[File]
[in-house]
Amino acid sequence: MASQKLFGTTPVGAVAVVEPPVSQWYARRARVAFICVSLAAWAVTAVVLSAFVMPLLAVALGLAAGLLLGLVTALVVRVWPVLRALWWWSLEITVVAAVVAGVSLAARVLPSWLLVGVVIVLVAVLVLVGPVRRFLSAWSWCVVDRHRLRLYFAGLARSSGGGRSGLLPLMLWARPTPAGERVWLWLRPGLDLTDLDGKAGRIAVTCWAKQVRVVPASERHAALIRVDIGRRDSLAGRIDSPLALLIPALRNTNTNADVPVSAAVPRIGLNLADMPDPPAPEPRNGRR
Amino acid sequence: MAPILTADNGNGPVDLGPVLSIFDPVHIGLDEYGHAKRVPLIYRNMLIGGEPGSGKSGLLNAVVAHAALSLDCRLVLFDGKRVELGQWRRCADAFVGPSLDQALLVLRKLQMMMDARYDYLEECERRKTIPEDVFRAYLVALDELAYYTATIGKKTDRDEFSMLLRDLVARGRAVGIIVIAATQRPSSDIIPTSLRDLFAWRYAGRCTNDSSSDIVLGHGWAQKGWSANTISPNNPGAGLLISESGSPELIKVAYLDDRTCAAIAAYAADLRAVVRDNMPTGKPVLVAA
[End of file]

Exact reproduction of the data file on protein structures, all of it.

[in-house]
Amino acid sequence: MASQKLFGTTPVGAVAVVEPPVSQWYARRARVAFICVSLAAWAVTAVVLSAFVMPLLAVALGLAAGLLLGLVTALVVRVWPVLRALWWWSLEITVVAAVVAGVSLAARVLPSWLLVGVVIVLVAVLVLVGPVRRFLSAWSWCVVDRHRLRLYFAGLARSSGGGRSGLLPLMLWARPTPAGERVWLWLRPGLDLTDLDGKAGRIAVTCWAKQVRVVPASERHAALIRVDIGRRDSLAGRIDSPLALLIPALRNTNTNADVPVSAAVPRIGLNLADMPDPPAPEPRNGRR
Amino acid sequence: MAPILTADNGNGPVDLGPVLSIFDPVHIGLDEYGHAKRVPLIYRNMLIGGEPGSGKSGLLNAVVAHAALSLDCRLVLFDGKRVELGQWRRCADAFVGPSLDQALLVLRKLQMMMDARYDYLEECERRKTIPEDVFRAYLVALDELAYYTATIGKKTDRDEFSMLLRDLVARGRAVGIIVIAATQRPSSDIIPTSLRDLFAWRYAGRCTNDSSSDIVLGHGWAQKGWSANTISPNNPGAGLLISESGSPELIKVAYLDDRTCAAIAAYAADLRAVVRDNMPTGKPVLVAA